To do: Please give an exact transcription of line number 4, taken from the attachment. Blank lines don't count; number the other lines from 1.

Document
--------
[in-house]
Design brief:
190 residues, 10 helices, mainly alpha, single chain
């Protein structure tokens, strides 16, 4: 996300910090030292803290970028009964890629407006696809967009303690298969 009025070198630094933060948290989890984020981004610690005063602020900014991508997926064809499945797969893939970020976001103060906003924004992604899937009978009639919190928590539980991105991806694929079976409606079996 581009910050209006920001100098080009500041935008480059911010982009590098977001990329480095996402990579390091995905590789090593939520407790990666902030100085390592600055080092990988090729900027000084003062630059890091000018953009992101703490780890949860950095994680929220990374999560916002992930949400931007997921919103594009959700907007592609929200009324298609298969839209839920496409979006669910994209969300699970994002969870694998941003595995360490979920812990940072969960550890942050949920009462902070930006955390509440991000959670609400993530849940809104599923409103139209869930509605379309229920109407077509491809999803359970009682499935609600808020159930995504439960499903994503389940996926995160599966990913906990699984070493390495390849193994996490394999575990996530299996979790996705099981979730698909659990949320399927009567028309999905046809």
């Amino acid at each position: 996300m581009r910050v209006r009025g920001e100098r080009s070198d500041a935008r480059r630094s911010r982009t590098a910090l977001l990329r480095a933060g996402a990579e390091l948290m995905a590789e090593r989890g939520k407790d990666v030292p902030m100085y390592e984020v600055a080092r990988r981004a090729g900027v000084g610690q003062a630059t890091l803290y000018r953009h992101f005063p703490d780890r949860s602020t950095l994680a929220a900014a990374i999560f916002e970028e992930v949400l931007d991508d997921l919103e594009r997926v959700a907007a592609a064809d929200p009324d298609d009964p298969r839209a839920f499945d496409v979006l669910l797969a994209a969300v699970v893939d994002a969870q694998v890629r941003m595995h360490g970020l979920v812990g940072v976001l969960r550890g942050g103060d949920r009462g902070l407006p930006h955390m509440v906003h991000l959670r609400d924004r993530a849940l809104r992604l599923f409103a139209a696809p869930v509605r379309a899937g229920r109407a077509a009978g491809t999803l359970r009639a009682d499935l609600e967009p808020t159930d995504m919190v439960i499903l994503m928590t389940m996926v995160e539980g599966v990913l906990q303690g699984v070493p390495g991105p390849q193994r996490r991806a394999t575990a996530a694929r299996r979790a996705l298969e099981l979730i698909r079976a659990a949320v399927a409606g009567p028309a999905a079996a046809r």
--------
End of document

């Protein structure tokens, strides 16, 4: 996300910090030292803290970028009964890629407006696809967009303690298969 009025070198630094933060948290989890984020981004610690005063602020900014991508997926064809499945797969893939970020976001103060906003924004992604899937009978009639919190928590539980991105991806694929079976409606079996 581009910050209006920001100098080009500041935008480059911010982009590098977001990329480095996402990579390091995905590789090593939520407790990666902030100085390592600055080092990988090729900027000084003062630059890091000018953009992101703490780890949860950095994680929220990374999560916002992930949400931007997921919103594009959700907007592609929200009324298609298969839209839920496409979006669910994209969300699970994002969870694998941003595995360490979920812990940072969960550890942050949920009462902070930006955390509440991000959670609400993530849940809104599923409103139209869930509605379309229920109407077509491809999803359970009682499935609600808020159930995504439960499903994503389940996926995160599966990913906990699984070493390495390849193994996490394999575990996530299996979790996705099981979730698909659990949320399927009567028309999905046809």